In the best cases, comedy can act as a great unifier on par with music or dance. The simple joys of chuckling at a good bit of physical humor transcend cultural divides, bringing disparate audiences together under the binding forces of laughter. Charlie Chaplin’s legendary dinner-roll ballet, Buster Keaton narrowly avoiding a falling house, even a pudgy cartoon panda sailing into a bamboo stalk face-first; these jokes read no matter who you are because comedy, specifically physical comedy, often shoots for the basest targets in audience response. A viewer doesn’t carefully weigh whether a moment worked and then choose to laugh. It either happens or it doesn’t, a knee-jerk reflex that comes from the most primal parts of the human brain.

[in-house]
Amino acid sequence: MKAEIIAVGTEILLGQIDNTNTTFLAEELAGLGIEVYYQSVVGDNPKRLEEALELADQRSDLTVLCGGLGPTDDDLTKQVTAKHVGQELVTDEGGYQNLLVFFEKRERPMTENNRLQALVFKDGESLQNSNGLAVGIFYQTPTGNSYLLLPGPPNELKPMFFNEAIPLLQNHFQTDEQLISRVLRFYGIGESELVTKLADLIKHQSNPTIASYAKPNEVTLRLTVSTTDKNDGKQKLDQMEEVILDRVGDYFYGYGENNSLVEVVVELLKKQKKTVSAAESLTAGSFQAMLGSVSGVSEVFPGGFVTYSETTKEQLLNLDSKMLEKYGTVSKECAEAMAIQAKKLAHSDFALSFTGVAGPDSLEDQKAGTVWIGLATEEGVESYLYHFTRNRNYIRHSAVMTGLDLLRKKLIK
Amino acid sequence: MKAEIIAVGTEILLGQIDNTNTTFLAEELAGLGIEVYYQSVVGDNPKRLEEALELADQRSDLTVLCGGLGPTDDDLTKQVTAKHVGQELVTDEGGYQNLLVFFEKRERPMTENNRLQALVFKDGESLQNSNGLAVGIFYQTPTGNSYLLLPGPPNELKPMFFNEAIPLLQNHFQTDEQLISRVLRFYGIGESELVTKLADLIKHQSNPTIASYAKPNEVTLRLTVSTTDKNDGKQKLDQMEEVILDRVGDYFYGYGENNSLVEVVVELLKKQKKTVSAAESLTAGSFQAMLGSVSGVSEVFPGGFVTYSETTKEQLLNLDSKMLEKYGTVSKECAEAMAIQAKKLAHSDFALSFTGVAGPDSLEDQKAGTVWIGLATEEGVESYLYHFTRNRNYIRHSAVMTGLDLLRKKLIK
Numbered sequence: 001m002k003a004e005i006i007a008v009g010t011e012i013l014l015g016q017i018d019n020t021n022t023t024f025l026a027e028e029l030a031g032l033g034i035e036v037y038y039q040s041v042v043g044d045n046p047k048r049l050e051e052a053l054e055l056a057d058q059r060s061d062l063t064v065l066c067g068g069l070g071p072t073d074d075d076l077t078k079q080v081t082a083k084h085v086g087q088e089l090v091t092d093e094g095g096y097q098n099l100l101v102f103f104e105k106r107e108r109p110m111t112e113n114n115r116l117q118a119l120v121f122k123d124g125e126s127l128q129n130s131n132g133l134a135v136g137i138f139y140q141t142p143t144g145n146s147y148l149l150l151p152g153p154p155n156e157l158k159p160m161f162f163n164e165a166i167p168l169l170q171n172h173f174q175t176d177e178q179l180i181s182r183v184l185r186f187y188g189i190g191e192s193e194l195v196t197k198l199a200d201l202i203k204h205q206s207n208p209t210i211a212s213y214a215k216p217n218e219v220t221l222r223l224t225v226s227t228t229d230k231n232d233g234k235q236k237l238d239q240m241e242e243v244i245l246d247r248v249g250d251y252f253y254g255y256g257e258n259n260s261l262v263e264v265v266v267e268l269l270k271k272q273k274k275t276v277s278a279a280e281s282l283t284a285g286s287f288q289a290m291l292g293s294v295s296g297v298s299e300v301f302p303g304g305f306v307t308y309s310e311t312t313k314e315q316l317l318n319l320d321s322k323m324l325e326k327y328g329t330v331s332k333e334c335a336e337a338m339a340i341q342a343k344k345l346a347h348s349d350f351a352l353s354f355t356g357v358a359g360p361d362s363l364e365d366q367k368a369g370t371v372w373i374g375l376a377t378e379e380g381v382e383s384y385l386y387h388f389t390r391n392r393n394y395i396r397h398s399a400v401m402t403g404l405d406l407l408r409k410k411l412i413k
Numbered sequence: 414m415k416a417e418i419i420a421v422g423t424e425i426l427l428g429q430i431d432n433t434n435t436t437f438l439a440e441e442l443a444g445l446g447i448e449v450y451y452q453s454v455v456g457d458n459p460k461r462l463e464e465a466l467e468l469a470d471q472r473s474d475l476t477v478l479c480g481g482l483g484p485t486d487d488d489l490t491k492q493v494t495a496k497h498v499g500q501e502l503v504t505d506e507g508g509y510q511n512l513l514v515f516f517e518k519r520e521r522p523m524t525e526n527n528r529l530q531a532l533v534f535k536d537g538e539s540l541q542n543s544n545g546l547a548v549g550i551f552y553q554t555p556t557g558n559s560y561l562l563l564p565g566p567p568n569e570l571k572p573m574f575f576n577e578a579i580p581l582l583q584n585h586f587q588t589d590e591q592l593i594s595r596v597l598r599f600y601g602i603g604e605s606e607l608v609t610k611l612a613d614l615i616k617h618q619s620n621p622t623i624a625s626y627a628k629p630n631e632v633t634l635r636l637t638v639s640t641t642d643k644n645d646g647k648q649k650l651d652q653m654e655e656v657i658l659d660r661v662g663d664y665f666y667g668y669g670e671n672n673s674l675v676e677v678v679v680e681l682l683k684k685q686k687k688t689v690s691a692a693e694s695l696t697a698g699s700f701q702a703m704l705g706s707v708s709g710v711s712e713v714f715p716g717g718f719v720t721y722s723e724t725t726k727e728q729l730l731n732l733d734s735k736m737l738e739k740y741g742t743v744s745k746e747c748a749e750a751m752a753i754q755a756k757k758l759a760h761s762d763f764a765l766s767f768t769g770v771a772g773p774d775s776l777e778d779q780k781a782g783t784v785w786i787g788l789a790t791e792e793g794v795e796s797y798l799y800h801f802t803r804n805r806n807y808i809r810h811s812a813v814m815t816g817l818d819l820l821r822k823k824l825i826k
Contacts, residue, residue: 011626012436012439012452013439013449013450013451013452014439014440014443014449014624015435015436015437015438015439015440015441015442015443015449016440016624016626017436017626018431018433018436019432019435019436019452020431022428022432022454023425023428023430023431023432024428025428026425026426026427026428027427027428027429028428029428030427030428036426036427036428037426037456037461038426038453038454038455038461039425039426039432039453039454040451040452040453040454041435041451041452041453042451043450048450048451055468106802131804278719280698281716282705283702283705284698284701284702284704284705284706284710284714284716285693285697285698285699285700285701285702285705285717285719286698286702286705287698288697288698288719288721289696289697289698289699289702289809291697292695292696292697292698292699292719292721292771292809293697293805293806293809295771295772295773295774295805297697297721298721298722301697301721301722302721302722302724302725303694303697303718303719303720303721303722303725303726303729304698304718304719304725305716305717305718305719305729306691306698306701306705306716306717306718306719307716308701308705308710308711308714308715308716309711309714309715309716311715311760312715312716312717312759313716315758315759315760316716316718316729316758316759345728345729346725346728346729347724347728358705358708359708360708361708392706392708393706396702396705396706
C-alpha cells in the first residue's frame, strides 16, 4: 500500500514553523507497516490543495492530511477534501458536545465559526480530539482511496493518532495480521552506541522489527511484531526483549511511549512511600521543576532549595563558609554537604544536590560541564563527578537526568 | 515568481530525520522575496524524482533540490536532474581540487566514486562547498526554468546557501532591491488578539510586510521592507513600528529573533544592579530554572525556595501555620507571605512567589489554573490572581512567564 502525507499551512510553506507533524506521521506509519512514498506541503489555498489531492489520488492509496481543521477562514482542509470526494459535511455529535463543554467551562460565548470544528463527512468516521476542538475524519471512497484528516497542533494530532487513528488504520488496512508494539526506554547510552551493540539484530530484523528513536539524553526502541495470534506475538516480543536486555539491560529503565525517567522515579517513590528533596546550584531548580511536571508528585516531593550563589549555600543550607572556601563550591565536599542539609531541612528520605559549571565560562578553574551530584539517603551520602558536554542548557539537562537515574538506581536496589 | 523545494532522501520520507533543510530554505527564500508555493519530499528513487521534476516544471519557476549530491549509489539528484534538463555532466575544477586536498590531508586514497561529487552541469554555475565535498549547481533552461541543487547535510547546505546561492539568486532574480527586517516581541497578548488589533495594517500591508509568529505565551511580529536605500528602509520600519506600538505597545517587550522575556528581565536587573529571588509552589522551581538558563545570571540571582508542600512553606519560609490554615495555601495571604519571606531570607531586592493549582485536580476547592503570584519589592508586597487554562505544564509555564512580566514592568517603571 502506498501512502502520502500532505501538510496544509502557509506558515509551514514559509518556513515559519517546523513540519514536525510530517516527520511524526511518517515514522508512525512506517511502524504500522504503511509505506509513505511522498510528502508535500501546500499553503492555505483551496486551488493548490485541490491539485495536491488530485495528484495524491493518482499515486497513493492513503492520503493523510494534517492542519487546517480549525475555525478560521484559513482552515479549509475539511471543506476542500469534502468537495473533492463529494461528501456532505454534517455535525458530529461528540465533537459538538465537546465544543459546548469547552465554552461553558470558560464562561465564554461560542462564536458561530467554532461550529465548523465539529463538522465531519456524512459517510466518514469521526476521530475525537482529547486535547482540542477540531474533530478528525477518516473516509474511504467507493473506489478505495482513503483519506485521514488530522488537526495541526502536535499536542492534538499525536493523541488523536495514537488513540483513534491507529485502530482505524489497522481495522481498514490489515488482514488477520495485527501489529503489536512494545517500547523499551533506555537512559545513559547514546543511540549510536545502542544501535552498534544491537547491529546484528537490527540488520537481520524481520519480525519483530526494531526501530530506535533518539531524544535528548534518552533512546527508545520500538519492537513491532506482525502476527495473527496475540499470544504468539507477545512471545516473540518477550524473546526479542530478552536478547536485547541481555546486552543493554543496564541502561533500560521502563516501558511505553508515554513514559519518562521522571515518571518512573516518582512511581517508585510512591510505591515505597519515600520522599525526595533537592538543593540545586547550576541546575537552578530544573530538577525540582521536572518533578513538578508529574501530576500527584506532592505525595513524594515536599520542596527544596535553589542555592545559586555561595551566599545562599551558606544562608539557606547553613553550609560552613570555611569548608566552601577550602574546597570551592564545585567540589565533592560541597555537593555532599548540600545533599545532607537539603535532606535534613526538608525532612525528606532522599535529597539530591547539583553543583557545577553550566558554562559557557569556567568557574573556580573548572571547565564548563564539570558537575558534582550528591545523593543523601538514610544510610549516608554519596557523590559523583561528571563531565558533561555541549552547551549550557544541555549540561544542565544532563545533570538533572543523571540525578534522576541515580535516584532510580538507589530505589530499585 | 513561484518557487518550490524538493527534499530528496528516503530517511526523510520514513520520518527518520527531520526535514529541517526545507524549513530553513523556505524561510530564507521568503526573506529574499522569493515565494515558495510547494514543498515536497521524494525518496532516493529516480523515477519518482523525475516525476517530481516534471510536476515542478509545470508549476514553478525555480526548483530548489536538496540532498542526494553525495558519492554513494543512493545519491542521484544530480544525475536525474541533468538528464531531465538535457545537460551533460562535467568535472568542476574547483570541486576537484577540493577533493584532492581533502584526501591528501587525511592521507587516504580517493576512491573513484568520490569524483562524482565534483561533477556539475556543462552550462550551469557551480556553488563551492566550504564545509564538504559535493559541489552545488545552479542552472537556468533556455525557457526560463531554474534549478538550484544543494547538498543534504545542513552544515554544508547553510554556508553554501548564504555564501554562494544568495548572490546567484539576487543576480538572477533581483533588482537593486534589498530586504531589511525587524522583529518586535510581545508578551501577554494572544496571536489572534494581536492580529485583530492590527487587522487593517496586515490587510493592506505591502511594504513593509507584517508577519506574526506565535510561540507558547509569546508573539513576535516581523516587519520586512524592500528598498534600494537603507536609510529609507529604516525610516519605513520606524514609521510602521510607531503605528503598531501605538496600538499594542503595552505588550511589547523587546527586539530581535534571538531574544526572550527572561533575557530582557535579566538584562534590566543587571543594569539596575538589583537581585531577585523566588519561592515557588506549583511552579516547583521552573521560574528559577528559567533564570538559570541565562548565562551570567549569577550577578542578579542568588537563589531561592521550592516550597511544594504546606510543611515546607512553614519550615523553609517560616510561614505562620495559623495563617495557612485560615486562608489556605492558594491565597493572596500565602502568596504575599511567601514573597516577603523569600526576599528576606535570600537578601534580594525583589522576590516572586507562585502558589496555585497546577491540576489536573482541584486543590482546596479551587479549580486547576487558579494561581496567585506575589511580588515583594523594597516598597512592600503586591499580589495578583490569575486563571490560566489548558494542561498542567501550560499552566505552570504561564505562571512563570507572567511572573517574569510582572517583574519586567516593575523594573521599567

But the two selections that screened In Competition on a less-spooky-than-usual Friday the 13th handily illustrated the flip side of this principle. Two films, one German and one French, both exemplified senses of humor a bit more kooky or daring than anything the Hollywood studio system would allow through their gates. When comedies make it to Cannes, they’ve generally got something a little sharper up their sleeve than banana-peel slippage or fart jokes. (Though there’s plenty of room for those, too — the French love a good fart.)
Today’s viewing brought strangeness and familiarity, some welcome and some frustrating. There’s a comforting sort of recognition in getting a good belly laugh while living as a stranger in a strange land, but then again, nobody flies halfway around the world just to eat McDonald’s.